The nonviolent struggle for democratic reforms in Iraq is now well into its fifth month of sustained protests against the government. We talk with Hayder Hamzoz, founder of INSM (Iraqi Network for Social Media), a network of Iraqi bloggers and citizens journalists. Hayder shares his perspective on how the protests work and the critical role that social media activists are playing on both the physical and digital front lines of Iraq’s protest movement.

Read More »

While Iraq’s next government may be “business as usual,” the election has planted the seeds for change

Originally published by The Middle East Institute – November 1, 2021 Iraq’s Oct. 10 election may be more consequential than its immediate results suggest. Some of the subtle facts and dynamics surrounding the election point to interesting trends and possibilities, more so than the headline-grabbing expansion of Muqtada al-Sadr’s power in the Iraqi legislature, or the losses suffered by candidates representing Iran-backed militias. It may seem paradoxical at first, but this election could provide the conditions for a future rebound

Read More »

NOW AVAILABLE IN ARABIC, NEW REPORT EXAMINES HOW YOUNG IRAQIS ARE ENVISIONING POLITICAL CHANGE, A NEW IRAQI STATE, AND THE FUTURE ROLE OF RELIGION

In recent years, many Iraqis have been expressing growing frustration with political dysfunction, corruption, and poor economic conditions, which they largely blame on muhasasa, the ethno-sectarian apportionment of political offices that has characterized politics in Iraq since 2003. This frustration gave rise to popular protest demanding systemic change, most notably in 2019, when the Tishreen (October) revolution saw hundreds of thousands gather at Baghdad’s Tahrir Square, Nasiriyah’s Haboubi Square, and in towns all across southern Iraq.  Based on their slogans and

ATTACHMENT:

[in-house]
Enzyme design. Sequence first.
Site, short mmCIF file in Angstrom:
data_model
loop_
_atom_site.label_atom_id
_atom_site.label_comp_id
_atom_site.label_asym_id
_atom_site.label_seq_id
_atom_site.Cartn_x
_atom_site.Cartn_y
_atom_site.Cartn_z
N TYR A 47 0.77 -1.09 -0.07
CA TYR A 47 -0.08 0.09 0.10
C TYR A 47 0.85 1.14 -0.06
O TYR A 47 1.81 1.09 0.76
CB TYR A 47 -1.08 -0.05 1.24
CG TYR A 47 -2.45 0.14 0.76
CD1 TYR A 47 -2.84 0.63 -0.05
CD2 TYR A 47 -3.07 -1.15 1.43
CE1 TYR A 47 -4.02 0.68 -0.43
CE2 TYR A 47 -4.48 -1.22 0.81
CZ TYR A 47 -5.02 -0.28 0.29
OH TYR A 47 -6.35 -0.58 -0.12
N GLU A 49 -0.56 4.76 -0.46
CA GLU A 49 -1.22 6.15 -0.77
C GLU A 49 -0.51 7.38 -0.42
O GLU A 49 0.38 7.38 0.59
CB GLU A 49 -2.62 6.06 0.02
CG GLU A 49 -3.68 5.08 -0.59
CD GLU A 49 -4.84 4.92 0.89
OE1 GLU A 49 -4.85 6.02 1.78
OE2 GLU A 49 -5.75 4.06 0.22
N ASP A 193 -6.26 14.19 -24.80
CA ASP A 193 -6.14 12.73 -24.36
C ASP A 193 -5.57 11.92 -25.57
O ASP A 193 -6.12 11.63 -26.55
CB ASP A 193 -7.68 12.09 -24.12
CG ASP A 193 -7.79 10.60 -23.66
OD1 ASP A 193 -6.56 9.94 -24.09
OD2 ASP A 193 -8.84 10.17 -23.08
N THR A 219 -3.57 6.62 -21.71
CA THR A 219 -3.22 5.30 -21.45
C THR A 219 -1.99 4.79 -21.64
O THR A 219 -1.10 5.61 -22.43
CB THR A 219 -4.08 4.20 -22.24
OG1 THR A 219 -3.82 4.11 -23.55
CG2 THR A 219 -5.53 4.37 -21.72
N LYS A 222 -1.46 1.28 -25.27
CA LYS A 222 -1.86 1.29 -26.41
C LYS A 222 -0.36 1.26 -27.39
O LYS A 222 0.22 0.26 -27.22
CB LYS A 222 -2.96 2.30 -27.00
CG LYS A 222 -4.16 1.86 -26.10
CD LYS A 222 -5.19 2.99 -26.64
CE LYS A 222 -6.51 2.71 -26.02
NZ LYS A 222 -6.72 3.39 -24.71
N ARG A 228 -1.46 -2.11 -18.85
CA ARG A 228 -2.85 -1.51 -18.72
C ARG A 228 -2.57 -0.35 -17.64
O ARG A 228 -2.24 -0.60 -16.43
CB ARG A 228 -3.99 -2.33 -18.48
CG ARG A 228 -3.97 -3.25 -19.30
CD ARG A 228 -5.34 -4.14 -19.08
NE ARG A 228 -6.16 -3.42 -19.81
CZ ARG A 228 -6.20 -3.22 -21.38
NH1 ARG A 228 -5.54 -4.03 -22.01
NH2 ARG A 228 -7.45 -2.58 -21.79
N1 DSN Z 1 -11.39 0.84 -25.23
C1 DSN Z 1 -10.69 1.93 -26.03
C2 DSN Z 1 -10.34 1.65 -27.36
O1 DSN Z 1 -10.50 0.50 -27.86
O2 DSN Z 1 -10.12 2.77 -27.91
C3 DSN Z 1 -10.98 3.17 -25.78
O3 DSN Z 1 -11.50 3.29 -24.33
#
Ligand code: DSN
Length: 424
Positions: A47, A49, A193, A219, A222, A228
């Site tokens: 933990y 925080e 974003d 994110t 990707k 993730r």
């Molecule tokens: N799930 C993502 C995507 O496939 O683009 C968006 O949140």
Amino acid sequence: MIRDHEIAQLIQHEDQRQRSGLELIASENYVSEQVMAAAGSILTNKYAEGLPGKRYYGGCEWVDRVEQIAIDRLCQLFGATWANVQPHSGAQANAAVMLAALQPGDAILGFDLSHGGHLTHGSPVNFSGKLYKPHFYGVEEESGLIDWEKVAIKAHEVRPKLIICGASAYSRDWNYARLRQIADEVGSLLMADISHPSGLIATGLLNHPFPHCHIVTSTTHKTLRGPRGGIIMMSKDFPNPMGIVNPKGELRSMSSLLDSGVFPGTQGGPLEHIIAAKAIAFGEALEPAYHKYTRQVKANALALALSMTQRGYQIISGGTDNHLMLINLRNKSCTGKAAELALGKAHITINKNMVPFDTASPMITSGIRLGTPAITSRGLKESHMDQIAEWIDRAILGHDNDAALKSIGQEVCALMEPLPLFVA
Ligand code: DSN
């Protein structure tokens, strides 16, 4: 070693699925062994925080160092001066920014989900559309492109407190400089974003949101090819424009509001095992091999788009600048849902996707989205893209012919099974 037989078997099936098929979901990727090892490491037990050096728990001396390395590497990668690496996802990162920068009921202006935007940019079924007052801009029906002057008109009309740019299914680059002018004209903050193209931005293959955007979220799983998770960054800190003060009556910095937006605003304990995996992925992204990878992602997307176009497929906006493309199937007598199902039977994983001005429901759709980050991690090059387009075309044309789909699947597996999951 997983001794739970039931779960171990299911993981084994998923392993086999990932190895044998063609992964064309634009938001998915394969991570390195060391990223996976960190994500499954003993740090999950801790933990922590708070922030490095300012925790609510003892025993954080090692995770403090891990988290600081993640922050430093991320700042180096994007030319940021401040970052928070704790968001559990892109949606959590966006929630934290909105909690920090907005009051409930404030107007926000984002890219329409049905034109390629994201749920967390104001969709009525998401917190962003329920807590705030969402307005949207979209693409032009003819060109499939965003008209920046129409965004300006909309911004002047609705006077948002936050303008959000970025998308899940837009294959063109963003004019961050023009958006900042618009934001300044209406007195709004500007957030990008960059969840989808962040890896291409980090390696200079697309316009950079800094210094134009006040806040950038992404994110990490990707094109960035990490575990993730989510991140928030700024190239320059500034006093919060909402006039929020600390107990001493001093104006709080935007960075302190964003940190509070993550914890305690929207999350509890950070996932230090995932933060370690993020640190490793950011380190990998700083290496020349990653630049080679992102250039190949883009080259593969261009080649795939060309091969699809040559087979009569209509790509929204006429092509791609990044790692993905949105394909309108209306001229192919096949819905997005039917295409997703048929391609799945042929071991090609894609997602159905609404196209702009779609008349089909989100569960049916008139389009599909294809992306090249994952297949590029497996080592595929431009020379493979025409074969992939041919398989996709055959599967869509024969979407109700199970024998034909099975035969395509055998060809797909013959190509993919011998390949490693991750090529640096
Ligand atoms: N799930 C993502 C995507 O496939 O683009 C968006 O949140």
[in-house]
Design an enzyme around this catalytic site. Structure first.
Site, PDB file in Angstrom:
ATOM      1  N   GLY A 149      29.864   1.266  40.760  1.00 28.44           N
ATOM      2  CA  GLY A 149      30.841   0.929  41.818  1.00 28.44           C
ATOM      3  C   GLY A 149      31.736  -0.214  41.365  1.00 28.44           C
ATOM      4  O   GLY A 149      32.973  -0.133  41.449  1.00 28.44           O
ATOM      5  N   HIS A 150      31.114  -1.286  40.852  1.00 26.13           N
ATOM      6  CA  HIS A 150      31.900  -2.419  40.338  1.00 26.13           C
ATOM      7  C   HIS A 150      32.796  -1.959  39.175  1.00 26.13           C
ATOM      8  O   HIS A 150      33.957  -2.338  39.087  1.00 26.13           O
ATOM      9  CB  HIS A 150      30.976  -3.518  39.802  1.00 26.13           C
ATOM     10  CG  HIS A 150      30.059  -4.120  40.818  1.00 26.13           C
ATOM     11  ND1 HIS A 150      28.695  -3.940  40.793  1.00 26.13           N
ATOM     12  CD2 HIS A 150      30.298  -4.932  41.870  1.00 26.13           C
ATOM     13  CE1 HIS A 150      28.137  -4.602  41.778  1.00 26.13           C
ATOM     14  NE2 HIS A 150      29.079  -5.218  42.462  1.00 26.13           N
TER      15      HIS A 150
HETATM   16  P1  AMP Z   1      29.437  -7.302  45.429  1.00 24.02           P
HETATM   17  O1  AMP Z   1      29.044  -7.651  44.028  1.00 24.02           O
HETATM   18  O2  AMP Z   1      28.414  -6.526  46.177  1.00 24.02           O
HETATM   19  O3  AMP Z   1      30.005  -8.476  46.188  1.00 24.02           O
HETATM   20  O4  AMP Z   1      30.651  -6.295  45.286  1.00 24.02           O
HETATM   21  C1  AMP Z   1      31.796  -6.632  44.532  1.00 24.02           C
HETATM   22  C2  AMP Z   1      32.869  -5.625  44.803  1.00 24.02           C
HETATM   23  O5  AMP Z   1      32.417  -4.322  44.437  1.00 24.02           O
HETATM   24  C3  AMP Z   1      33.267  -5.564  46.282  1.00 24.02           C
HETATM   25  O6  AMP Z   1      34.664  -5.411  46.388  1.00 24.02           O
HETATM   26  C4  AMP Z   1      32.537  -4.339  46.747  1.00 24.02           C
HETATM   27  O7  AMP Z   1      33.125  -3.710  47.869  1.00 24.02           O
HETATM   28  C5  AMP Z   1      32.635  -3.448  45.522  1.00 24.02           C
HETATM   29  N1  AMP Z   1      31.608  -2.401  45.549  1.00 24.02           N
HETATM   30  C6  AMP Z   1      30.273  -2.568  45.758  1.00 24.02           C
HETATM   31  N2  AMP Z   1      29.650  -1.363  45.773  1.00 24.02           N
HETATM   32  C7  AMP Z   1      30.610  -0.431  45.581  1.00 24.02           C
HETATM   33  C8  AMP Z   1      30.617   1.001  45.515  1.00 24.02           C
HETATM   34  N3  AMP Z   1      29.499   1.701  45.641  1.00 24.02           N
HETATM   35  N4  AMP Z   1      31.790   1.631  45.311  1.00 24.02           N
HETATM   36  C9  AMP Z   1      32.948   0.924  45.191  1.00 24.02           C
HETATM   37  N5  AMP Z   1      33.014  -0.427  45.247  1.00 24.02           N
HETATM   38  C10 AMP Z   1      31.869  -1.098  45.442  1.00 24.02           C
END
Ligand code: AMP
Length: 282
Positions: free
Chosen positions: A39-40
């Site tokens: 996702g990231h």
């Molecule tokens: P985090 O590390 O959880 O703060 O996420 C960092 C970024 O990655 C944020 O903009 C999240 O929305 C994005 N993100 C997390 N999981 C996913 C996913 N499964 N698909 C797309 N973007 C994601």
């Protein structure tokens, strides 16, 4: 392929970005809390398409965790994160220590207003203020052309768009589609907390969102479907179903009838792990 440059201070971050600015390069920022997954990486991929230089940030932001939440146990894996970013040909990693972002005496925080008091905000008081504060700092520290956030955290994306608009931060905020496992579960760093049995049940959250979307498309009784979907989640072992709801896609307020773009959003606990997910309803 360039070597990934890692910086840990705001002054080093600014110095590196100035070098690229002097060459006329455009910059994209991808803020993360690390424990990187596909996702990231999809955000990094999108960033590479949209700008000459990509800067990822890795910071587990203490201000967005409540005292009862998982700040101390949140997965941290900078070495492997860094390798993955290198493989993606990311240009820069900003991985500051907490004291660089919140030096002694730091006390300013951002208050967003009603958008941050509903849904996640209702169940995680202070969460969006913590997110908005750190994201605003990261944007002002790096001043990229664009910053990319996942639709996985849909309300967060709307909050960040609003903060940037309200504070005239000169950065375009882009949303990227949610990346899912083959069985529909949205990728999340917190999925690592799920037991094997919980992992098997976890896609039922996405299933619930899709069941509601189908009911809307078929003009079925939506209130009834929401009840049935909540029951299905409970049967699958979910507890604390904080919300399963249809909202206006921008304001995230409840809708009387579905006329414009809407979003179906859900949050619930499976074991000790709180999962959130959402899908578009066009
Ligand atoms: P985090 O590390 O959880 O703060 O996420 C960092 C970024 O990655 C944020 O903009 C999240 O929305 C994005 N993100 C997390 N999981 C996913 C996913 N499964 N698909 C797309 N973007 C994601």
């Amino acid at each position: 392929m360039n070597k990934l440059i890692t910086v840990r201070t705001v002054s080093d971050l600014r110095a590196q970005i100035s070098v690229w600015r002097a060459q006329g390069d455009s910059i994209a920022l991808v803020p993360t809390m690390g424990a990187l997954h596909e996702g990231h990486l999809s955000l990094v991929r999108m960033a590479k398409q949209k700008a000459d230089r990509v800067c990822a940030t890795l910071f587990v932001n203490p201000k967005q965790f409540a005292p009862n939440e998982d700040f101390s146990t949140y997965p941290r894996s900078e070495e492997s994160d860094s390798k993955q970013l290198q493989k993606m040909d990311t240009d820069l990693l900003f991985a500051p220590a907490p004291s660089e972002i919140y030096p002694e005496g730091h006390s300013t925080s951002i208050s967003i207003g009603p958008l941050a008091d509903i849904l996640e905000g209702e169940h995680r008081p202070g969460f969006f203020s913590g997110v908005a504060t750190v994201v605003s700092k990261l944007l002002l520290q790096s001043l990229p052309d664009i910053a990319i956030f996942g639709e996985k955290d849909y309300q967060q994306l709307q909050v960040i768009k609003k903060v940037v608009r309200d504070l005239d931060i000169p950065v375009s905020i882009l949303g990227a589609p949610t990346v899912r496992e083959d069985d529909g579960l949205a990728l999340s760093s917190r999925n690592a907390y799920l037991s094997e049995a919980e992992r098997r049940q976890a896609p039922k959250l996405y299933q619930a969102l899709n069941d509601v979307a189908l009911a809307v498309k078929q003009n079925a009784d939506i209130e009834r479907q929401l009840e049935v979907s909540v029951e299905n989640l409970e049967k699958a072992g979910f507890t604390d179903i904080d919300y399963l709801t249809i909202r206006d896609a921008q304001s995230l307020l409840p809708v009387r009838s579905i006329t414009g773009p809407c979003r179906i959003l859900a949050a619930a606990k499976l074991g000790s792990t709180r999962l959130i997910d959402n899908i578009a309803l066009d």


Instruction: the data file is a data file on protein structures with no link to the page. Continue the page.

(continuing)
Read More »

#38: Social Media and Iraq’s Protest Movement

The nonviolent struggle for democratic reforms in Iraq is now well into its fifth month of sustained protests against the government. We talk with Hayder Hamzoz, founder of INSM (Iraqi Network for Social Media), a network of Iraqi bloggers and citizens journalists. Hayder shares his perspective on how the protests work and the critical role that social media activists are playing on both the physical and digital front lines of Iraq’s protest movement.

Read More »

While Iraq’s next government may be “business as usual,” the election has planted the seeds for change

Originally published by The Middle East Institute – November 1, 2021 Iraq’s Oct. 10 election may be more consequential than its immediate results suggest. Some of the subtle facts and dynamics surrounding the election point to interesting trends and possibilities, more so than the headline-grabbing expansion of Muqtada al-Sadr’s power in the Iraqi legislature, or the losses suffered by candidates representing Iran-backed militias. It may seem paradoxical at first, but this election could provide the conditions for a future rebound

Read More »

Polls Give Iraq’s Reformers the Advantage, the Vote May Be Theirs to Lose

Originally published by Fikra Forum – August 20, 2021 This October will mark the two-year anniversary of Iraq’s Tishreen protest movement that shook the country’s political establishment, bringing down the government of Prime Minister Adil Abdul-Mahdi and compelling Baghdad to schedule early parliamentary elections. October is also when those elections are currently set to take place. The movement and its supporters are demanding systemic reforms to address state-sanctioned corruption, rising unemployment—particularly among the country’s youth majority—and a continuing lack of

Read More »